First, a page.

How Common Is Trichomoniasis?
In the US, it is estimated that about 3.7 million people have trichomoniasis. There are around 1.1 million new infections in the US each year. It is a common infection for younger women. However, older women are actually more likely to have been infected. The rate for women in 2.7 percent, while for men it is 1.4 percent. There are some groups that are at higher risk of infection. These include those engaging in high-risk sexual activities. However, because most people do not experience symptoms, many do not know that they have it. Estimates put new infections in North America at a rate of between 5 and 8 million each year. The World Health Organization estimates that there are about 160 million cases each year, worldwide.
Trichomoniasis is passed on through unprotected sex. It can sometimes be through using sex toys without a condom. The infection can affect the vagina and urethra in women and usually just the urethra in men. However, men may also be infected in the head of the penis or even the prostate gland. Trichomoniasis is probably not transmitted through oral or anal sex. Other contact such as kissing or hugging isn’t thought to pass it on. You should be safe to share plates or cutlery too. You also don’t need to worry about getting trichomoniasis from a toilet seat.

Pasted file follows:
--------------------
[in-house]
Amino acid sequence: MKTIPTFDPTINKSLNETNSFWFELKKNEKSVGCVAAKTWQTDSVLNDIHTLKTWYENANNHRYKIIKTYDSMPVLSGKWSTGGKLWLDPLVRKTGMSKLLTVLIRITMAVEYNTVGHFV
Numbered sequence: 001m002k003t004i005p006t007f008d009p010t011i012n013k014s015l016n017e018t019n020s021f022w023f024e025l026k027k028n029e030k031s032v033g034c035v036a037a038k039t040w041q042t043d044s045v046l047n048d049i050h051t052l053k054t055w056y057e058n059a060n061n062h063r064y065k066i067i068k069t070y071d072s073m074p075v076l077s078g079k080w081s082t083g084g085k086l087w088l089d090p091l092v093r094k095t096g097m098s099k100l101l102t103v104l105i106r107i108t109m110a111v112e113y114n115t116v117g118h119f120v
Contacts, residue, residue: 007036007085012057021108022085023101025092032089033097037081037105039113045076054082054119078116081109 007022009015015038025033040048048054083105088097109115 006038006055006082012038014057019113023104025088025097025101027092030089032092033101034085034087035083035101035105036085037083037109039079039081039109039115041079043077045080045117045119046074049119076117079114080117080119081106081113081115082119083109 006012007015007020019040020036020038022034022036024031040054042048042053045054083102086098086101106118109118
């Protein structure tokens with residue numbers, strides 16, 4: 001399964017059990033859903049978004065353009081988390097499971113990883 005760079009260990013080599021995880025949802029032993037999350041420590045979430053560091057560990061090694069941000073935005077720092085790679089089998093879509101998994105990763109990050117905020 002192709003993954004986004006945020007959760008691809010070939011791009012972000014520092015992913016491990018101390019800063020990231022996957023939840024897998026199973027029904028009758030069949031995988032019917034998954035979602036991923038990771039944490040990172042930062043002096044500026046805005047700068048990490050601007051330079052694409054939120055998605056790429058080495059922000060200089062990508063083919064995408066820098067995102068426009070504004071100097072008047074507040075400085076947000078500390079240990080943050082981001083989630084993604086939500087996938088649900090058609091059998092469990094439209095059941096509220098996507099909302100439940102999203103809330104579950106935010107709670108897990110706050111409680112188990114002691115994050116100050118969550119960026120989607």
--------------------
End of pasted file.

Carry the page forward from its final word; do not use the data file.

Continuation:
If you suspect you might have trichomoniasis, you should go to your GP or to a sexual health clinic to get tested. It can be a little difficult to diagnose trich because it can look like other STDs. When you get tested, a doctor will give you a physical exam, as well as sending a sample for a lab test. They will take a sample of vaginal or urethral fluid to be tested, which just involves a simple swab. This will confirm whether the parasite is present. You should get tested for trichomoniasis if you notice any unusual symptoms. It’s also important to get tested for other STIs as they can look the same. If you receive a positive diagnosis, you should let any recent sexual partners know. They should be tested or even treated right away as a precaution.